Psalm 125

They that put their trust in the Lord shall be even as Mount Zion
which may not be removed but standeth fast forever.
As the hills stand about Jerusalem,
even so standeth the Lord round about his people
from this time forth forevermore.

For the rod of the ungodly cometh not into the lot of the righteous,
lest the righteous put their hand unto wickedness.
Do well, O Lord, unto those that are good and true of heart.

As for such as turn back unto their own wickedness,
the Lord shall lead them forth with the evildoers,
but peace shall be upon Israel.


“For the rod of the ungodly cometh not into the lot of the righteous.”

Those are the words that kept leaping out at me as I read this psalm over the past week. “Rod” here can also be translated “sceptre.” It’s a symbol of power and authority. But a rod can also be used as an instrument of intimidation and coercion (like the rods with which the Roman soldiers beat Jesus). In the context of this psalm, it seems clear that regardless of which meaning one ascribes to it, the rod is unwanted. It is, after all, the rod of the ungodly, and the psalmist wants no godless overlords in Jerusalem. Indeed, because God encircles His people as the hills encircle the city, the rod of the ungodly cannot touch them; it cometh not into the lot of the righteous.

And I began to wonder, what is “the rod of the ungodly” in 21st century America that we need God to keep out of our midst? I’m sure we could point to any number of things, but what kept coming to my mind as I prayed through this passage was the relentless pace of contemporary life.

One of Satan’s biggest bully sticks is the lie that we are always and only what we do, that our worth is measured in Likes, and Friends, and Retweets, in resumes and awards, accolades and accomplishments. Keep running, keep doing, keep sweating, keep moving, keep on keeping on, and whatever you do don’t stop. So says that relentless rod of productivity and “progress”.

What God has been saying to me (again) through this psalm is that it’s a lie. We let it into the congregation of the righteous at our peril. We are not always and only what we do. We are far more. We are beloved children of God. We are loved. Before we do or say anything, we are loved. Wholly. Completely. Utterly. Beyond all that we can ask or imagine. Simply because we are.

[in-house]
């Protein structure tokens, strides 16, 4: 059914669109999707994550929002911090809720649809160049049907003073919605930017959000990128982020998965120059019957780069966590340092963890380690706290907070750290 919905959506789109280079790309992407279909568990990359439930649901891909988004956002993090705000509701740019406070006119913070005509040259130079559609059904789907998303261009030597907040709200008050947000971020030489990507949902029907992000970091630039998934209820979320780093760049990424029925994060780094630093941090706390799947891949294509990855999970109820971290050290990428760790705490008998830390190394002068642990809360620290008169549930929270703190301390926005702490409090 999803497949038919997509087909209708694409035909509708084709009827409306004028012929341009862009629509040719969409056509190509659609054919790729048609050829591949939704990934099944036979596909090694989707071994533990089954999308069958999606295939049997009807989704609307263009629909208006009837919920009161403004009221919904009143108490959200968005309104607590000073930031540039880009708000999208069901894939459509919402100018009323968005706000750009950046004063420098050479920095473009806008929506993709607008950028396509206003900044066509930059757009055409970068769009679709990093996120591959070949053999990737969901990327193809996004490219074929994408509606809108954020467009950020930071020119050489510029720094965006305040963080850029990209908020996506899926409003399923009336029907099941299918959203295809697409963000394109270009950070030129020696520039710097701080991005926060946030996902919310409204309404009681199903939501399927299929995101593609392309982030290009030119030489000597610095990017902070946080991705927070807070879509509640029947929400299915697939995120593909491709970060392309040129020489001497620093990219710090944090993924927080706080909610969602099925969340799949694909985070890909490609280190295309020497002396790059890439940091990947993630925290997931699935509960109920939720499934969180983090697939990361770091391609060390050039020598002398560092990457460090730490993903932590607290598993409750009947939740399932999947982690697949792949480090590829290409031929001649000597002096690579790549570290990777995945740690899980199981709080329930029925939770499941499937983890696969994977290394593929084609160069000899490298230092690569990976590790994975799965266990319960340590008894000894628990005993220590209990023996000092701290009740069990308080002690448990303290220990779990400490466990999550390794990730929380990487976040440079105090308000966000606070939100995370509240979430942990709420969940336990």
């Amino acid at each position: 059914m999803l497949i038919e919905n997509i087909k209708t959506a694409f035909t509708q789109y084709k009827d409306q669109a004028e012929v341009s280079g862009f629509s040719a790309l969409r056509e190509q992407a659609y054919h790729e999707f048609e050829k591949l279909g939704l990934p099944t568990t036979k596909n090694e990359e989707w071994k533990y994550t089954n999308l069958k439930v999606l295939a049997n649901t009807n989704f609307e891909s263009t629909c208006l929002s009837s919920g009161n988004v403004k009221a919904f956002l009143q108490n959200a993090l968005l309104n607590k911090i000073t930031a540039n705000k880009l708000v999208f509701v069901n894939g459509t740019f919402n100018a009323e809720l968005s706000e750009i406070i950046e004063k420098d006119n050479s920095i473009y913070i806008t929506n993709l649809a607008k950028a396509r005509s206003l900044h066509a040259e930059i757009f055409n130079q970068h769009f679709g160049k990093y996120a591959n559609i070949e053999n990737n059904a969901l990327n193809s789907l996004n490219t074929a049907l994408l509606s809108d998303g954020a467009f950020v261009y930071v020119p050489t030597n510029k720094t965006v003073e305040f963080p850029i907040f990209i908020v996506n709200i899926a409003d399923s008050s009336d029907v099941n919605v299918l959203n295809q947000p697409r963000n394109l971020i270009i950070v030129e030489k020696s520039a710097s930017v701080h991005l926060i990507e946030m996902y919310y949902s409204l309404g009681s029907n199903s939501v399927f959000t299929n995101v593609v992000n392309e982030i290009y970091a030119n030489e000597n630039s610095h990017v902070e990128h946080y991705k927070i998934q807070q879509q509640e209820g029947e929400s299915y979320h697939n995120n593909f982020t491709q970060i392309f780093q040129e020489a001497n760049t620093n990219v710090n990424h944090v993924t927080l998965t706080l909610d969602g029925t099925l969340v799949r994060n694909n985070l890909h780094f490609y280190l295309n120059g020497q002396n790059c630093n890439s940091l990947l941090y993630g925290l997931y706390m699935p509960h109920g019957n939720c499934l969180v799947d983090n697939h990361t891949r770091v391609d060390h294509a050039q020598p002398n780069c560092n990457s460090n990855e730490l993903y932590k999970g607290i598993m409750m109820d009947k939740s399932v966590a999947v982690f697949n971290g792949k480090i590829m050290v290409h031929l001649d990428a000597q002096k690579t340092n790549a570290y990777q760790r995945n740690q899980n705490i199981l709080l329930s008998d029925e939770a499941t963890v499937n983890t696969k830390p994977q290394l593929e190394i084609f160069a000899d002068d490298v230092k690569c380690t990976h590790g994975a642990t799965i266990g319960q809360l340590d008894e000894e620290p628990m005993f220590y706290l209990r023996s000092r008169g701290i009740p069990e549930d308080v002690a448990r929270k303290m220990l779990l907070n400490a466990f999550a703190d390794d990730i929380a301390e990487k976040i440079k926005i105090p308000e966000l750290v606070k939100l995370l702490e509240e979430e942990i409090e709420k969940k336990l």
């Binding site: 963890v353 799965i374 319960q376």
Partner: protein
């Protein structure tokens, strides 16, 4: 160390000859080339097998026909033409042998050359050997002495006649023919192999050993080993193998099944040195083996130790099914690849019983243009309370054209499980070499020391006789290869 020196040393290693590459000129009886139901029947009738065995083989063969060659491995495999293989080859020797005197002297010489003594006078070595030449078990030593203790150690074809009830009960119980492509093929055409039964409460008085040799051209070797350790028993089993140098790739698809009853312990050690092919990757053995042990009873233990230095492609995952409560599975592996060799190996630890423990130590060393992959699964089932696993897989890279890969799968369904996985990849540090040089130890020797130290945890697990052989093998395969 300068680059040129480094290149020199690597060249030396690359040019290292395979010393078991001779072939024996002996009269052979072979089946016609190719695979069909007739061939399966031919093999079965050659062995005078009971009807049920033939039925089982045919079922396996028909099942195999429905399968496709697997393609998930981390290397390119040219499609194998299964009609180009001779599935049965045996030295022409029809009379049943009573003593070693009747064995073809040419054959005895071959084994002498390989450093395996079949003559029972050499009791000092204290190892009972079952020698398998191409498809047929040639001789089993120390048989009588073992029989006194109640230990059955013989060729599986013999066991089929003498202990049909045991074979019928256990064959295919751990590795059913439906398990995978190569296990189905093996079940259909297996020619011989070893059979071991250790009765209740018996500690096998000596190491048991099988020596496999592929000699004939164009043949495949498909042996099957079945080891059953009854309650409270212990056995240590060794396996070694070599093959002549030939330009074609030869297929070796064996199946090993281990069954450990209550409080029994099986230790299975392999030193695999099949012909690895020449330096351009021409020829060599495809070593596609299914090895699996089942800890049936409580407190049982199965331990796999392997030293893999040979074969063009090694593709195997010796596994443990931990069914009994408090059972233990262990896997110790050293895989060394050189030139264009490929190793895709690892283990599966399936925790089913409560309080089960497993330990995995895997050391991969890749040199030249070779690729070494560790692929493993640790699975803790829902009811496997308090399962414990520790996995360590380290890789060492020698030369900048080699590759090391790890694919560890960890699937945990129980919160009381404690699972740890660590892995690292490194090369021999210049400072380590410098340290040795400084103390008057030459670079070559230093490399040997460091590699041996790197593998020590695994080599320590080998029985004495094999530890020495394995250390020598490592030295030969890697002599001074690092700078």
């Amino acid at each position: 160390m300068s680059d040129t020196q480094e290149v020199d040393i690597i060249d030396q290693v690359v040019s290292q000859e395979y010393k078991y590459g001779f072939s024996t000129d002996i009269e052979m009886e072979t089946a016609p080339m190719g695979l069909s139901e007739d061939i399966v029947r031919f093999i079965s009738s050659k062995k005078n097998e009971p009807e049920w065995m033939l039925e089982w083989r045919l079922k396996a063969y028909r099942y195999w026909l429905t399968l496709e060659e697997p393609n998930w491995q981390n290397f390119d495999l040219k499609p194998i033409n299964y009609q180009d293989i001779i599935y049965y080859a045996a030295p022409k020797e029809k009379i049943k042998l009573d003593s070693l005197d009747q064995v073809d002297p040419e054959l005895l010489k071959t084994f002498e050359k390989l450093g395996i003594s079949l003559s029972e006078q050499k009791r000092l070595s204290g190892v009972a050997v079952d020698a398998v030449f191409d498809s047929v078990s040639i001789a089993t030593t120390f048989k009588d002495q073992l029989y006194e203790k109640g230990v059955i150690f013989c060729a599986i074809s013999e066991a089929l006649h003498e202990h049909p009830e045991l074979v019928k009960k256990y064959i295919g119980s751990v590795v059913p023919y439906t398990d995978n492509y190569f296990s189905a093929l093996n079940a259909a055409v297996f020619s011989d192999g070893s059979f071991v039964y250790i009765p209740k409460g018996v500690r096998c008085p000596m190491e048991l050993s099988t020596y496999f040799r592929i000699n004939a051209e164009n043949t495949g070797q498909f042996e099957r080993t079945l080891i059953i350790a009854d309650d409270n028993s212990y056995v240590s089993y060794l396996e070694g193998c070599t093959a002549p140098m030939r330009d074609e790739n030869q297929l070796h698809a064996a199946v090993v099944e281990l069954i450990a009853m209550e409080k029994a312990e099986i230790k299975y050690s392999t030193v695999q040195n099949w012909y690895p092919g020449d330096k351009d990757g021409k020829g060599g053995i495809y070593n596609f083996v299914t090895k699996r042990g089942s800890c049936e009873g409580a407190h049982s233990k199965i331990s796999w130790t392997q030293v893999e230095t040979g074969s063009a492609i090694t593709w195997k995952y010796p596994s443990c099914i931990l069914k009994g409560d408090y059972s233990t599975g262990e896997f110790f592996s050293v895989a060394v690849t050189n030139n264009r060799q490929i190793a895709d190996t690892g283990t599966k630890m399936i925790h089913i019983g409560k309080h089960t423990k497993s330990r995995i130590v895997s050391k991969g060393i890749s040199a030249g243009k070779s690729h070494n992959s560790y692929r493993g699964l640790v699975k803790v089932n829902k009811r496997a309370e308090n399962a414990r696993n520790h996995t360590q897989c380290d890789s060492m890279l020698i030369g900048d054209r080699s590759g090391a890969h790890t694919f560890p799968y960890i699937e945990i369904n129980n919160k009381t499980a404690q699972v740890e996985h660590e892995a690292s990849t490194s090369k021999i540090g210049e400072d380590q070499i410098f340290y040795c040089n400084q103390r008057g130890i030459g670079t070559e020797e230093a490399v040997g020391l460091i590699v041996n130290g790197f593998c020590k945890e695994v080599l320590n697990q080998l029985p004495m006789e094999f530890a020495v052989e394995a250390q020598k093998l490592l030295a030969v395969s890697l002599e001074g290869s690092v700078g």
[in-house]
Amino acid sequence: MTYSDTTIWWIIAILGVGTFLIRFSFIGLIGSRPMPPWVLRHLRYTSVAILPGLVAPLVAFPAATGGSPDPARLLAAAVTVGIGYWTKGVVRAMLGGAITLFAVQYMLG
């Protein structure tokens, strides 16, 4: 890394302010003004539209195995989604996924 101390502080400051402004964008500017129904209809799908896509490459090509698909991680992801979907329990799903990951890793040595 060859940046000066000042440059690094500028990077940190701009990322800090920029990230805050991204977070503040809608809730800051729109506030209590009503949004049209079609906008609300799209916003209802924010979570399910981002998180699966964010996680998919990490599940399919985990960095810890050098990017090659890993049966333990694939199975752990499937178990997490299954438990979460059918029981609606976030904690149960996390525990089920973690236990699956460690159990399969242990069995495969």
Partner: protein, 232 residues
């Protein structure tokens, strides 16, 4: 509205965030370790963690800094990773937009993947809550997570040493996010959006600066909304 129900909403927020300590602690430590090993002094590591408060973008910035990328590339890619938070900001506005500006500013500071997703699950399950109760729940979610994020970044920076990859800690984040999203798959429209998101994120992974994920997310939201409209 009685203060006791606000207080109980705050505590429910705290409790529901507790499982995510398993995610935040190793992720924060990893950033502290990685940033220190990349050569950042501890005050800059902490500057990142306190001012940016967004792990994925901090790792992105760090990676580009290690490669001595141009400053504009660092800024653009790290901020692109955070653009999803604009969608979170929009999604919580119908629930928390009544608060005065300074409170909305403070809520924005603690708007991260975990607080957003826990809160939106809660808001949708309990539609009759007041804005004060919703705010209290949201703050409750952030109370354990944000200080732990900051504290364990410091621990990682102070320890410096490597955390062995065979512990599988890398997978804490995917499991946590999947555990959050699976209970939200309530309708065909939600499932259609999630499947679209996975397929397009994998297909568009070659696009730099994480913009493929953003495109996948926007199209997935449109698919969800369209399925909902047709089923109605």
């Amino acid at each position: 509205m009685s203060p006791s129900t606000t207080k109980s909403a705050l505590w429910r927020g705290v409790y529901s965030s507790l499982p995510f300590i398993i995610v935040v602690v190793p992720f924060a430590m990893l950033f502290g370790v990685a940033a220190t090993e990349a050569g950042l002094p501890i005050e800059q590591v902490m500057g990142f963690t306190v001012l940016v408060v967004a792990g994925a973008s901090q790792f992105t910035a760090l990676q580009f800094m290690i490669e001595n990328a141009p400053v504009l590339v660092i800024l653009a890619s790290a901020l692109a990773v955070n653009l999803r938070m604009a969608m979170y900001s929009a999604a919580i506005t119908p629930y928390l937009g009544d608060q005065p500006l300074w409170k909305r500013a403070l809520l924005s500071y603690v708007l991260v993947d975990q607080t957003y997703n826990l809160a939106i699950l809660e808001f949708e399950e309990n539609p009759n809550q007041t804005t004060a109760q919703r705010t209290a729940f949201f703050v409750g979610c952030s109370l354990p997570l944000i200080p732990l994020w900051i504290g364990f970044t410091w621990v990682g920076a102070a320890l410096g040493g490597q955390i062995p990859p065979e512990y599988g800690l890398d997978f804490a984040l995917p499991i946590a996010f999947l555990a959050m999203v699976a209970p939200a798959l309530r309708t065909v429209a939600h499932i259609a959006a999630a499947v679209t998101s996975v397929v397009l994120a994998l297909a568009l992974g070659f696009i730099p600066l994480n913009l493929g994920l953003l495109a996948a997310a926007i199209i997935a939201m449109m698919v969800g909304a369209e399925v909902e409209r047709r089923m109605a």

I believe that. I do. But I don’t live like I believe it. I let the rod of relentless rush harry my soul. I let it drumbeat inside my mind. And I rush along heedless of the truth, with hurry and hustle and hop-to-it swiping at my heels to keep me off-balance and moving. I forget that I do not need to be worried and distracted by many things, that I can sit at Jesus’ feet and simply be, that, in fact, I must stop fretting, cease doing, and sit at His feet and soak in His love.

I’ve spoken before about how easily overwhelmed I can become when life gets too full. It got too full this week, and I realized yet again how close I walk to the edge of okay. An ill child, a small kerfuffle at the co-op I direct, two nights of poor sleep, and I fell off the cliff into the abyss of not-okay.

As I sat praying on Wednesday morning, weeping with exhaustion and barely able to string words together to form a coherent sentence, some words of Keri Wyatt Kent that I’d read years ago when Jane was a baby came to mind: “When you’re tired, you don’t need to try harder. You need a nap.”

Perhaps those words came to mind because I’d been praying through this psalm for a week, and I had that image in my mind of the rod of too-much and too-fast and too-full scourging a weary and worn people, beating us to make us keep going, keep going, keep going. I imagined God staying the hand of whatever demon wields that rod, and I heard Him whisper words of another psalm: “It is in vain that you rise up early and go late to rest, eating the bread of anxious toil; for I give to My beloved sleep.”

So I made my kids a list of things they needed to do, and I did what I never give myself permission to do: I slept. For four hours. In the middle of the day.

I was still weary when I woke up, but I wasn’t quite so weepy. I still have too much to do, so I’m praying about and planning how I can graciously step out of some of the activities I’ve committed to, slowly phase out others, and safeguard time for my soul to rest.

Tuesday night, before my cliff-fall, I read these words of Frank Laubach, missionary-mystic, which turned out to be not only comforting but prophetic:

Sometimes you want to talk to your son, and sometimes you want to hold him tight in silence. God is that way with us, he wants to hold still with us in silence.

Here is something we can share with all of the people in the world: They cannot all be brilliant or rich or beautiful. They cannot all even dream beautiful dreams like God gives some of us. They cannot all enjoy music. Their hearts do not all burn with love: But everybody can learn to hold God by the hand and rest. And when God is ready to speak, the fresh thoughts of heaven will flow in like a crystal spring. Everybody rests at the end of the day; what a world gain if everybody could rest in the waiting arms of the Father, and listen until he whispers.